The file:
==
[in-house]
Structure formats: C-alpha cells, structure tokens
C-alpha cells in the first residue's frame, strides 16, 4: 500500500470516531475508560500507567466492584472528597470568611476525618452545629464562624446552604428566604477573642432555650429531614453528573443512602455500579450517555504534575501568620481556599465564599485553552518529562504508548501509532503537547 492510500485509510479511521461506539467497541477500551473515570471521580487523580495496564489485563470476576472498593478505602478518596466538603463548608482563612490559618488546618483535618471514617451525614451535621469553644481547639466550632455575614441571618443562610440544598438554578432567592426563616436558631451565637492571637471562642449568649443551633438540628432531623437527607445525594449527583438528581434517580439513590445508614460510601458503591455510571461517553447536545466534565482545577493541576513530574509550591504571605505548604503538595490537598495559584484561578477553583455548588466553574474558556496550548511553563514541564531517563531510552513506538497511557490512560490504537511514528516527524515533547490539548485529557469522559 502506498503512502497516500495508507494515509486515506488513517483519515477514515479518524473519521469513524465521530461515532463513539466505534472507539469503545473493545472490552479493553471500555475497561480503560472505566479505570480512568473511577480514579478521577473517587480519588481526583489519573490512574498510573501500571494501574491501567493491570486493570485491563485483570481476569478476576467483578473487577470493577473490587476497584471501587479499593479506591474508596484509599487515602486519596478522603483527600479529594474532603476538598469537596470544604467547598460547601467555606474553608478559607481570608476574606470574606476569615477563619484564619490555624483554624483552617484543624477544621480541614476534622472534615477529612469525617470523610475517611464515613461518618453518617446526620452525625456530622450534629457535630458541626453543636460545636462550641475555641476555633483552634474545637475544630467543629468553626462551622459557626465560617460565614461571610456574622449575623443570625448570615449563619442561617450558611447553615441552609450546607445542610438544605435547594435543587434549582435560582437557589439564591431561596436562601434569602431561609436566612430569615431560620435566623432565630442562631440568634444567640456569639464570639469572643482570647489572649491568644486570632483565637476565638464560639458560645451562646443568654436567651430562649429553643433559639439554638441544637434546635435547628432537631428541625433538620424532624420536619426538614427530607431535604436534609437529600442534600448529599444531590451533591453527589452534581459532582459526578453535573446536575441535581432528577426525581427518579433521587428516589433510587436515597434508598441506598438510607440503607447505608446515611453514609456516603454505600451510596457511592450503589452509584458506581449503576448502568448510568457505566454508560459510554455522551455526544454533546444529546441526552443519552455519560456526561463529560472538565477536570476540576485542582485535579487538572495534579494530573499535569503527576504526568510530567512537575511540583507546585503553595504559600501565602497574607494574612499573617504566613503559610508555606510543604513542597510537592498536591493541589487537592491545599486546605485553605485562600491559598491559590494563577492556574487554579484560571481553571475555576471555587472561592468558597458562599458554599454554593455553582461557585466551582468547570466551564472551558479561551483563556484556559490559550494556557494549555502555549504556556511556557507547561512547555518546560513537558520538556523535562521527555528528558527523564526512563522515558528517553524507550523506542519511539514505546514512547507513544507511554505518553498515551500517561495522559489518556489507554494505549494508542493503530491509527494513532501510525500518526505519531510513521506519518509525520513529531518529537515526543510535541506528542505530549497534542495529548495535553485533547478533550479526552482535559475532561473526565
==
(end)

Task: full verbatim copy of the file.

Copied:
[in-house]
Structure formats: C-alpha cells, structure tokens
C-alpha cells in the first residue's frame, strides 16, 4: 500500500470516531475508560500507567466492584472528597470568611476525618452545629464562624446552604428566604477573642432555650429531614453528573443512602455500579450517555504534575501568620481556599465564599485553552518529562504508548501509532503537547 492510500485509510479511521461506539467497541477500551473515570471521580487523580495496564489485563470476576472498593478505602478518596466538603463548608482563612490559618488546618483535618471514617451525614451535621469553644481547639466550632455575614441571618443562610440544598438554578432567592426563616436558631451565637492571637471562642449568649443551633438540628432531623437527607445525594449527583438528581434517580439513590445508614460510601458503591455510571461517553447536545466534565482545577493541576513530574509550591504571605505548604503538595490537598495559584484561578477553583455548588466553574474558556496550548511553563514541564531517563531510552513506538497511557490512560490504537511514528516527524515533547490539548485529557469522559 502506498503512502497516500495508507494515509486515506488513517483519515477514515479518524473519521469513524465521530461515532463513539466505534472507539469503545473493545472490552479493553471500555475497561480503560472505566479505570480512568473511577480514579478521577473517587480519588481526583489519573490512574498510573501500571494501574491501567493491570486493570485491563485483570481476569478476576467483578473487577470493577473490587476497584471501587479499593479506591474508596484509599487515602486519596478522603483527600479529594474532603476538598469537596470544604467547598460547601467555606474553608478559607481570608476574606470574606476569615477563619484564619490555624483554624483552617484543624477544621480541614476534622472534615477529612469525617470523610475517611464515613461518618453518617446526620452525625456530622450534629457535630458541626453543636460545636462550641475555641476555633483552634474545637475544630467543629468553626462551622459557626465560617460565614461571610456574622449575623443570625448570615449563619442561617450558611447553615441552609450546607445542610438544605435547594435543587434549582435560582437557589439564591431561596436562601434569602431561609436566612430569615431560620435566623432565630442562631440568634444567640456569639464570639469572643482570647489572649491568644486570632483565637476565638464560639458560645451562646443568654436567651430562649429553643433559639439554638441544637434546635435547628432537631428541625433538620424532624420536619426538614427530607431535604436534609437529600442534600448529599444531590451533591453527589452534581459532582459526578453535573446536575441535581432528577426525581427518579433521587428516589433510587436515597434508598441506598438510607440503607447505608446515611453514609456516603454505600451510596457511592450503589452509584458506581449503576448502568448510568457505566454508560459510554455522551455526544454533546444529546441526552443519552455519560456526561463529560472538565477536570476540576485542582485535579487538572495534579494530573499535569503527576504526568510530567512537575511540583507546585503553595504559600501565602497574607494574612499573617504566613503559610508555606510543604513542597510537592498536591493541589487537592491545599486546605485553605485562600491559598491559590494563577492556574487554579484560571481553571475555576471555587472561592468558597458562599458554599454554593455553582461557585466551582468547570466551564472551558479561551483563556484556559490559550494556557494549555502555549504556556511556557507547561512547555518546560513537558520538556523535562521527555528528558527523564526512563522515558528517553524507550523506542519511539514505546514512547507513544507511554505518553498515551500517561495522559489518556489507554494505549494508542493503530491509527494513532501510525500518526505519531510513521506519518509525520513529531518529537515526543510535541506528542505530549497534542495529548495535553485533547478533550479526552482535559475532561473526565